Climate Change and Horse Keeping

Sound Management for Uncertain Times

by Alayne Blickle


Kuna Butte Photo credit Alayne Blickle

A little more than a year ago, I was invited to travel to Australia to be the keynote speaker at a conference on horses and land management. One of the other speakers at that event presented material that changed some of my thinking on horse care. His presentation was on the link between climate change and infectious disease risk for horses.

Dr. Gary Muscatello, a microbiologist and faculty at the University of Sydney in their Veterinary Science Department, was the presenter. Let me summarize key points from his presentation.

World-wide when there are new disease outbreaks (human or horse) there seems to be a link between climate change and infectious disease risk. General principles of a warmer environment and changing weather patterns influence many factors which encourage disease outbreaks, disease transmission and the emergence of new diseases. Warmer temperatures enable disease-carrying organisms to extend their ranges, to have longer breeding seasons and to generally become more virulent. Animals (both domestic and wild) which already are stressed by changes (less water, hotter temps, less food availability, etc.) are now more susceptible to diseases, particularly to new diseases moving into the areas. This interaction of stressed animals and new pathogens, along with animals which are immunologically naĂŻve, causes new disease outbreaks in horses.

Connecting the climate change dots with disease

An example in the human world is Lyme disease which in North America did not occur in Canada but now does. Birds and ticks, the carries of Lyme disease, never survived in these colder areas but with warmer temperatures they are traveling further north and the pathogens are surviving.

Climate change and equine disease

In Kentucky in 2001, the Eastern Tent Caterpillars were found to be the cause of abortions in Thoroughbred mares, called Mare Reproductive Loss Syndrome. Equine ingestion of caterpillars produced abortions and the caterpillars are associated with drought conditions, part of the climate change model. COPD, Chronic Obstructive Pulmonary Disease, associated with poor air quality and air pollution, also a part of climate change model, seems to be on the rise and is expected to continue to increase. Bacterial pneumonia, which has a big impact on foals, lives in soil and is exacerbated by dry, dusty conditions, again associated with climate change. Australia, in particular, has seen huge increases in this disease in their Thoroughbred racing industry.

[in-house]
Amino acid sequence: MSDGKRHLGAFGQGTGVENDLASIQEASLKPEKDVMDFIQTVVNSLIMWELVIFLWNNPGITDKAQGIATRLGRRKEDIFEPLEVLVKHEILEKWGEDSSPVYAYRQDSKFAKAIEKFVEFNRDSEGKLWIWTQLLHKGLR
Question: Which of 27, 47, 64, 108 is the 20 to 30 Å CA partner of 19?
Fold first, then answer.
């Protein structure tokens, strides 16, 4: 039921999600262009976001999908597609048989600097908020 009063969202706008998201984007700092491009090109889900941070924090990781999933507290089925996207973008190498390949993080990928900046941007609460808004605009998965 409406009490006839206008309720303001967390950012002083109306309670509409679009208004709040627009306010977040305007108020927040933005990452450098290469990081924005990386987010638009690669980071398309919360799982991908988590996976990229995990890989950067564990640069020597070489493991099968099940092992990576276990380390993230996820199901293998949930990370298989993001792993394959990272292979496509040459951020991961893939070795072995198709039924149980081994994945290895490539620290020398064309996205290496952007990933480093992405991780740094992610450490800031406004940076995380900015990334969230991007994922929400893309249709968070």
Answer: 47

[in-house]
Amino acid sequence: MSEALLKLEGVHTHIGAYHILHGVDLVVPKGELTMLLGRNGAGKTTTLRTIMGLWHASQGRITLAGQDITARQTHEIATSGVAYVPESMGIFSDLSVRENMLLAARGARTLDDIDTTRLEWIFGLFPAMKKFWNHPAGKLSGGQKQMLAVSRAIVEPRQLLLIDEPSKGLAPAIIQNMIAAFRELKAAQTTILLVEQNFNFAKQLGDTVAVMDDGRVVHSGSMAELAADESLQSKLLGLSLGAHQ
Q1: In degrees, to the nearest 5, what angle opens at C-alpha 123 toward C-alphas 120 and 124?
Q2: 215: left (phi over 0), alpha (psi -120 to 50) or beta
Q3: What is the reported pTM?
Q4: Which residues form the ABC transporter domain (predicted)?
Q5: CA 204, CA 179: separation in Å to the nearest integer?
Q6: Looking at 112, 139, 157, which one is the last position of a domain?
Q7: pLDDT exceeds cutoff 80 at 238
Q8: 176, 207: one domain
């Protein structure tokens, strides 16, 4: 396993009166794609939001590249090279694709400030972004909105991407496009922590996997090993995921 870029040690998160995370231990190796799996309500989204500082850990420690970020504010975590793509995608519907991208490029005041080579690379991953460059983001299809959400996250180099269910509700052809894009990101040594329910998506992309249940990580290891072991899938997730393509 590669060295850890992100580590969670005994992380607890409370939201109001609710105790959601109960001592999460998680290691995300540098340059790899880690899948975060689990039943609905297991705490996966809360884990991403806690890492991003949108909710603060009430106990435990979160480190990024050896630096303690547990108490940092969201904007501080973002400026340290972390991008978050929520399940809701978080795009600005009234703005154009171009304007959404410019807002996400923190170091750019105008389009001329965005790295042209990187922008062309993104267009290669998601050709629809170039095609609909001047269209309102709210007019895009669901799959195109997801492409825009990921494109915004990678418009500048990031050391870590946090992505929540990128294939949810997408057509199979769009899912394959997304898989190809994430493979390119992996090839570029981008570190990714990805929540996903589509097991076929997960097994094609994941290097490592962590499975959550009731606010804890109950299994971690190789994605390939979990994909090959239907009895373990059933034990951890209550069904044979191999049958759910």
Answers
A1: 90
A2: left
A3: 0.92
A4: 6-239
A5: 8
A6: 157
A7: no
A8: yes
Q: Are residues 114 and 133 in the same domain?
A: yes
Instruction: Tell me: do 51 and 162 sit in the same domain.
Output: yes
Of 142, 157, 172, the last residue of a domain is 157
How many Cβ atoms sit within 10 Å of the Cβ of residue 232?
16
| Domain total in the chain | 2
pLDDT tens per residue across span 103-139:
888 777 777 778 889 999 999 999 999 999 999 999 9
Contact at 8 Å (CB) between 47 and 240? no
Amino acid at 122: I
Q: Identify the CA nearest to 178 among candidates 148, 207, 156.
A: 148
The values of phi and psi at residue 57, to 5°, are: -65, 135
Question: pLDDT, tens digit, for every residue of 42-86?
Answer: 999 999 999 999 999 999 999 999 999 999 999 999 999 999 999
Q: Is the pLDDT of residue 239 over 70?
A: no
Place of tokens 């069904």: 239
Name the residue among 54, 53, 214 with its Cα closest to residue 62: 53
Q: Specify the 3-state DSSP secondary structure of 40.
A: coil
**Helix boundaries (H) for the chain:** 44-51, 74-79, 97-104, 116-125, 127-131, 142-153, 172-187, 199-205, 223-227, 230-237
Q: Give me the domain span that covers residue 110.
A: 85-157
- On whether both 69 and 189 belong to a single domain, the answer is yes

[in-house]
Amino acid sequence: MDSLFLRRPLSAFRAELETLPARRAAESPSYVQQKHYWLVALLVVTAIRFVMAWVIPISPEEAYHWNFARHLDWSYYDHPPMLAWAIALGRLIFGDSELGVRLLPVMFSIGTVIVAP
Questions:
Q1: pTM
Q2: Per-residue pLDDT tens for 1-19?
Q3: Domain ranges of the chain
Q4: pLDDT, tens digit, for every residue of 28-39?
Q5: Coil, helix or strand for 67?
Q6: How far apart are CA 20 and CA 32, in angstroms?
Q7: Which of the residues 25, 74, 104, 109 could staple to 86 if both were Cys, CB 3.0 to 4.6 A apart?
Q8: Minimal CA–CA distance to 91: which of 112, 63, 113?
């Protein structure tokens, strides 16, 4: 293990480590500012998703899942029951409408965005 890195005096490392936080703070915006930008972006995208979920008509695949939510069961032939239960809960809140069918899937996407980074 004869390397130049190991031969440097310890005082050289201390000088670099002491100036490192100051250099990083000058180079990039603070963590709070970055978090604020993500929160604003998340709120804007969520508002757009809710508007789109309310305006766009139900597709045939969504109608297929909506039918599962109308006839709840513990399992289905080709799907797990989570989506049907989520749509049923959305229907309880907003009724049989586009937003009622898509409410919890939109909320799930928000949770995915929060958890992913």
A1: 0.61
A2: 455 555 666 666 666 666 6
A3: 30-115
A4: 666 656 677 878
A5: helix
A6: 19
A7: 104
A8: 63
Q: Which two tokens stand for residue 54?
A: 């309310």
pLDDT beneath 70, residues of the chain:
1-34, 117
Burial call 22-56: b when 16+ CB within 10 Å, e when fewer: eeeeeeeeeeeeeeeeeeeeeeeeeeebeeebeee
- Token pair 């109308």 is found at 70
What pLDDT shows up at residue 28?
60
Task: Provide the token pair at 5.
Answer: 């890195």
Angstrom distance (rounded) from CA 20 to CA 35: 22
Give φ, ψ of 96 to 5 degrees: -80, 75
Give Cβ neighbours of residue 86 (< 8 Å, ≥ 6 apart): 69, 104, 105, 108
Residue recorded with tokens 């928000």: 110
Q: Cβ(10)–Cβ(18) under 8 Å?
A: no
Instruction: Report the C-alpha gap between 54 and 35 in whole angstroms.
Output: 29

Examples of other types of diseases expected to become more widespread are Pigeon Fever, a bacteria spread by midges and biting flies that live and breed in mud, and rain scald or rain rot which is caused by bacteria that thrive in a wet environment and  spread around water tanks or other muddy areas.

Managing the uncertainty

The trending in climate change points to things being much different in the next 10 or 50 years. World-wide we are experiencing extreme weather events which previously occurred in 100 year cycles. Expectations are for droughts and water limitations, extreme weather patterns—monsoonal rain events, more wind, frequent flooding, cyclonic extremes like super hurricanes and super tornados and generally warmer/dryer temperatures.

These changes mean disease-carrying insects and pathogens will be flung further by strong winds and have broader ranges that are more habitable for them. It means great impacts on agriculture in general—less availability of hay and grain and associated increases in costs due to greater diseases affecting crops, etc.

What can be done?

Management is key! First, understand disease risks and what can be done to break connections. More than ever, pasture management is important to reduce bare spots and overgrazing so there’s less dust in the summer and no mud in the winter. Implement other mud management techniques to reduce habitat for disease carrying organisms such as using footing in confinement areas and gutters and downspouts on buildings. Clean waterers regularly to reduce mosquito and insect habitat. Learn and implement water conservation methods at home and on the farm or ranch. We must take action for ourselves, and our horses, to prepare for climate change.

Want to learn more? Join Horses for Clean Water and the King Conservation District at the first ever North American Conference on Climate Change and Horse Management, on April 25 at Emerald Downs Race Track in Auburn, WA. See the ad for this event on page 13 or visit the King Conservation District website at http://www.kingcd.org/ .


Published April 2014 Issue

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